Faith Sunderly leads a double life. To most people, she is reliable, dull, trustworthy – a proper young lady who knows her place as inferior to men. But inside, Faith is full of questions and curiosity, and she cannot resist mysteries: an unattended envelope, an unlocked door. She knows secrets no one suspects her of knowing. She knows that her family moved to the close-knit island of Vane because her famous scientist father was fleeing a reputation-destroying scandal. And she knows, when her father is discovered dead shortly thereafter, that he was murdered.
In pursuit of justice and revenge, Faith hunts through her father’s possessions and discovers a strange tree. The tree bears fruit only when she whispers a lie to it. The fruit of the tree, when eaten, delivers a hidden truth. The tree might hold the key to her father’s murder – or it may lure the murderer directly to Faith herself.
I don’t know really what I was expecting from this book, as I hadn’t read the synopsis. It was a complete cover buy in a charity shop, and I was lured in by the ominous title. However, I ended up really, truly enjoying this story.
The writing in The Lie Tree really is what makes it. The tone and the atmosphere created by Hardinge’s effortless descriptions is what stood out most in the book, and in my opinion, makes it so unique. Set on the bleak coast of the island of Vane in the Victorian era, the writing really does conjure imagery of the biting cold and grey skies and unforgiving seas. The setting and tone always felt consistent and loomed over the events of the story, adding a whole new dimension of tension.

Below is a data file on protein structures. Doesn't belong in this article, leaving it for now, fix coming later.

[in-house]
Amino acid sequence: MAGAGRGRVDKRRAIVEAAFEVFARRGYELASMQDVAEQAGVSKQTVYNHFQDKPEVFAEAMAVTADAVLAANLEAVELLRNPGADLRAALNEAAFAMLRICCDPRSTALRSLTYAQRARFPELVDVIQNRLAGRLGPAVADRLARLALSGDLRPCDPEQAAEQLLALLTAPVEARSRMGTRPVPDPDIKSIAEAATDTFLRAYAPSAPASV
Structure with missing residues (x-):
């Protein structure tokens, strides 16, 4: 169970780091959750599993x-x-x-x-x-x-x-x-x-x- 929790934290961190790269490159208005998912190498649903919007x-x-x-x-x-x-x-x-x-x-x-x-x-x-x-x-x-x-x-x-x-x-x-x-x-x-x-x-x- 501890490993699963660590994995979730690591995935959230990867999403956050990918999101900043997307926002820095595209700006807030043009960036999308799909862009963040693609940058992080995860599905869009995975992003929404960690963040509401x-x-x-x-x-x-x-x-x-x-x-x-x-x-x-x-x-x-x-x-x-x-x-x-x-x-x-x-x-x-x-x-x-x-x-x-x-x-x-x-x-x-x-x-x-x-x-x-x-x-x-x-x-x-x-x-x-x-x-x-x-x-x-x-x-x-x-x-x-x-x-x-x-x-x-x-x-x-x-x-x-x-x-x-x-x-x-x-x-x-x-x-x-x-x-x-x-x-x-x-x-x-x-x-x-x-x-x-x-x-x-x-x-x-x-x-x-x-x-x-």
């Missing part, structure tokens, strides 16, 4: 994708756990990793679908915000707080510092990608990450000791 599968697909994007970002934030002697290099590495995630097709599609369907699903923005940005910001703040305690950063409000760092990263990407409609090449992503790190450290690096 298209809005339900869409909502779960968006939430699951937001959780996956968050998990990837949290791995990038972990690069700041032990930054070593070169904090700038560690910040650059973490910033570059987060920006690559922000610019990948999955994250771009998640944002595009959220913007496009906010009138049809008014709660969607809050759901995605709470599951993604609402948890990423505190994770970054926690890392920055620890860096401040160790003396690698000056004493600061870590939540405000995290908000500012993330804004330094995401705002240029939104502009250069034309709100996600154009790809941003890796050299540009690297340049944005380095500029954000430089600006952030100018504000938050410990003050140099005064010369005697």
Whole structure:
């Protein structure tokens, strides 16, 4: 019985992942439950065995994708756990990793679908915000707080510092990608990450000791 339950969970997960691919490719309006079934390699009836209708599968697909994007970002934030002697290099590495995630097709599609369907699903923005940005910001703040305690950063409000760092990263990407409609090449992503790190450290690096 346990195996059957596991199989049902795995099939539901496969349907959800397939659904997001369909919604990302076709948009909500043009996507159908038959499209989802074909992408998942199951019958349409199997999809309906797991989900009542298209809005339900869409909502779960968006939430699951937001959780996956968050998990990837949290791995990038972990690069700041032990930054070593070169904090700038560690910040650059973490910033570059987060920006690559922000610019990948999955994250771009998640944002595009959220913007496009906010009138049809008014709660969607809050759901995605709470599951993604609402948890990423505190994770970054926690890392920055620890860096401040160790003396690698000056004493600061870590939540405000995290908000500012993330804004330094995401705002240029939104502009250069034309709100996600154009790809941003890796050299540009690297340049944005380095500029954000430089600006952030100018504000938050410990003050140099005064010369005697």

It also felt quite wordy for a middle-grade book, so if you’re giving this to a younger reader, equip them with a dictionary or be prepared to be questioned!
The idea driving this narrative – The Lie Tree – is also another completely unique element, or at least one I’ve never come across.
A lie was like a fie, Faith was discovering. At first it needed to be nursed and fed, but carefully and gently. A slight breath would fan the new-born flames, but too vigorous a huff would blow it out. Some lies took hold and spread, crackling with excitement, and no longer needed to be fed. But then these were no longer your lies. They had a life and shape of their own, and there was no controlling them.
It really was fascinating watching the plot unfold and what Hardinge did with it. I think with such a cool idea that it could have easily fallen short with the execution, but I finished the book feeling satisfied overall.
While I loved the feminist theme of Faith wanting to delve into science and breaking away from Victorian society’s views of women, I just wish it had been more intersectional, e.g. race or class. Especially in a setting in which Faith’s family has servants, I think there was definitely opportunity for Faith’s privilege to be discussed.
The ableism present in this book also made it impossible for me to give it 5 stars. The book describes ill and disabled characters as ‘invalids’, which is never okay and really hindered my enjoyment of the book.
Have you read The Lie Tree? Let me know in a comment and we can chat!
Until the next one,